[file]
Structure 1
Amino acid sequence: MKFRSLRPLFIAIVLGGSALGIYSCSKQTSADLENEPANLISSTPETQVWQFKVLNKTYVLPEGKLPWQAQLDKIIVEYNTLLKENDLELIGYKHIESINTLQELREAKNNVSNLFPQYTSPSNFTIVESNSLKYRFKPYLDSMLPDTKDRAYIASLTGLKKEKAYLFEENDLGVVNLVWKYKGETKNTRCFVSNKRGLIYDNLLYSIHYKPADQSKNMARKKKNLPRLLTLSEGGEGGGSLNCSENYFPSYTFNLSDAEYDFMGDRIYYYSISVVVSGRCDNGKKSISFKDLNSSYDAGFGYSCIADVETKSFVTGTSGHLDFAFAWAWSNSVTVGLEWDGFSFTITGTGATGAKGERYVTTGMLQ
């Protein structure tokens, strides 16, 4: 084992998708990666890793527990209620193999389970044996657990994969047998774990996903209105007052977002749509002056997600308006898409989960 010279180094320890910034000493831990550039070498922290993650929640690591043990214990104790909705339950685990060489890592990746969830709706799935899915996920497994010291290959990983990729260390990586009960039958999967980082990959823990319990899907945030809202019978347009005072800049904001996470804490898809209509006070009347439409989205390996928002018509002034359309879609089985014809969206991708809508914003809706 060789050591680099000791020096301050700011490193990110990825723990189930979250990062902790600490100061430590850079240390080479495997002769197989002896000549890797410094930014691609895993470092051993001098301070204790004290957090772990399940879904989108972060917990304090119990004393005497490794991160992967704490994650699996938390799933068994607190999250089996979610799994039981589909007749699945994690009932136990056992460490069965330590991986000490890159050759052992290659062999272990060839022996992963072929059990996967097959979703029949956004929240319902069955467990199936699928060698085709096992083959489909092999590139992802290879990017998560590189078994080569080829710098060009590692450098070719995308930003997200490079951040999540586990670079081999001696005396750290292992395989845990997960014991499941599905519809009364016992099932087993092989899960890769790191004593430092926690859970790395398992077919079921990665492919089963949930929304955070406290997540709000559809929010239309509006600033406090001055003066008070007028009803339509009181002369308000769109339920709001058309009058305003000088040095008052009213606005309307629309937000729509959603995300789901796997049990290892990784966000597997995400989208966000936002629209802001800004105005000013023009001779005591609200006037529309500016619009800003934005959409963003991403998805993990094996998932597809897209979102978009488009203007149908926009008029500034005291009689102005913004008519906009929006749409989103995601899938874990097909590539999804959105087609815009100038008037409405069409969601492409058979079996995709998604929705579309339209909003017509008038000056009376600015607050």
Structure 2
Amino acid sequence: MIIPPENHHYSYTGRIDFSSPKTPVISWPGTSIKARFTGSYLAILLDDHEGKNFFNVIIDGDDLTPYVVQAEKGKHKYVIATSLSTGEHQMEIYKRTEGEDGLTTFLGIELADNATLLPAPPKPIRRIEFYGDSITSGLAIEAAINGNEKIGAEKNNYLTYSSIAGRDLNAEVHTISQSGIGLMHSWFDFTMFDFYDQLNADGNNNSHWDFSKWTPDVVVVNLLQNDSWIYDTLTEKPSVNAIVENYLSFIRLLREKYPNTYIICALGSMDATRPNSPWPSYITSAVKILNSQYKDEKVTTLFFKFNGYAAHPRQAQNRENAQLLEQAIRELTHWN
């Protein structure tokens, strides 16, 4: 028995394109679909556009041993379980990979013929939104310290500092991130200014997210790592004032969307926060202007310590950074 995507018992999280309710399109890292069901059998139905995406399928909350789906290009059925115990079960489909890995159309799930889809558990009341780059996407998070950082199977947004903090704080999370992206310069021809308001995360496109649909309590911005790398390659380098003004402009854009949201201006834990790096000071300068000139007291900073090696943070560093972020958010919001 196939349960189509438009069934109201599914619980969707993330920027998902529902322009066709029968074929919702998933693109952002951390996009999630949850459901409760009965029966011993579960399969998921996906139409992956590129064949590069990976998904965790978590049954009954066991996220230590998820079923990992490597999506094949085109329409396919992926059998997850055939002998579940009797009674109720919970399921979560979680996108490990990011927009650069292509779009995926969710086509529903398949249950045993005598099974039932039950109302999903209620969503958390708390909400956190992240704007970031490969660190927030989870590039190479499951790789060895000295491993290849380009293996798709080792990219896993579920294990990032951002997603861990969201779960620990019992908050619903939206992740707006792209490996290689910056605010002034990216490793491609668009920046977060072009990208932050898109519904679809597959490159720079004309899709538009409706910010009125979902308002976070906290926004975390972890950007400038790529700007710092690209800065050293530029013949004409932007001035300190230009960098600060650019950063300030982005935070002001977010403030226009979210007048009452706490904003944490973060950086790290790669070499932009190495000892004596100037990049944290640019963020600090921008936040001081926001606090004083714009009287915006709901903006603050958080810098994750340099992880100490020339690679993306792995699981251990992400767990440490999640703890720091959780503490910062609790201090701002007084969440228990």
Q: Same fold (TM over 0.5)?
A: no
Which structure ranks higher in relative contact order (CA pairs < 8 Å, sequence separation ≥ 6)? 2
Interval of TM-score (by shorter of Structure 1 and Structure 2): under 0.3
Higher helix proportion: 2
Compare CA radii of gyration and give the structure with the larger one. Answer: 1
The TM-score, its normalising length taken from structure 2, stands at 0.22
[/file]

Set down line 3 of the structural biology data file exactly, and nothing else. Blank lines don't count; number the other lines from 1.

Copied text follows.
């Protein structure tokens, strides 16, 4: 084992998708990666890793527990209620193999389970044996657990994969047998774990996903209105007052977002749509002056997600308006898409989960 010279180094320890910034000493831990550039070498922290993650929640690591043990214990104790909705339950685990060489890592990746969830709706799935899915996920497994010291290959990983990729260390990586009960039958999967980082990959823990319990899907945030809202019978347009005072800049904001996470804490898809209509006070009347439409989205390996928002018509002034359309879609089985014809969206991708809508914003809706 060789050591680099000791020096301050700011490193990110990825723990189930979250990062902790600490100061430590850079240390080479495997002769197989002896000549890797410094930014691609895993470092051993001098301070204790004290957090772990399940879904989108972060917990304090119990004393005497490794991160992967704490994650699996938390799933068994607190999250089996979610799994039981589909007749699945994690009932136990056992460490069965330590991986000490890159050759052992290659062999272990060839022996992963072929059990996967097959979703029949956004929240319902069955467990199936699928060698085709096992083959489909092999590139992802290879990017998560590189078994080569080829710098060009590692450098070719995308930003997200490079951040999540586990670079081999001696005396750290292992395989845990997960014991499941599905519809009364016992099932087993092989899960890769790191004593430092926690859970790395398992077919079921990665492919089963949930929304955070406290997540709000559809929010239309509006600033406090001055003066008070007028009803339509009181002369308000769109339920709001058309009058305003000088040095008052009213606005309307629309937000729509959603995300789901796997049990290892990784966000597997995400989208966000936002629209802001800004105005000013023009001779005591609200006037529309500016619009800003934005959409963003991403998805993990094996998932597809897209979102978009488009203007149908926009008029500034005291009689102005913004008519906009929006749409989103995601899938874990097909590539999804959105087609815009100038008037409405069409969601492409058979079996995709998604929705579309339209909003017509008038000056009376600015607050």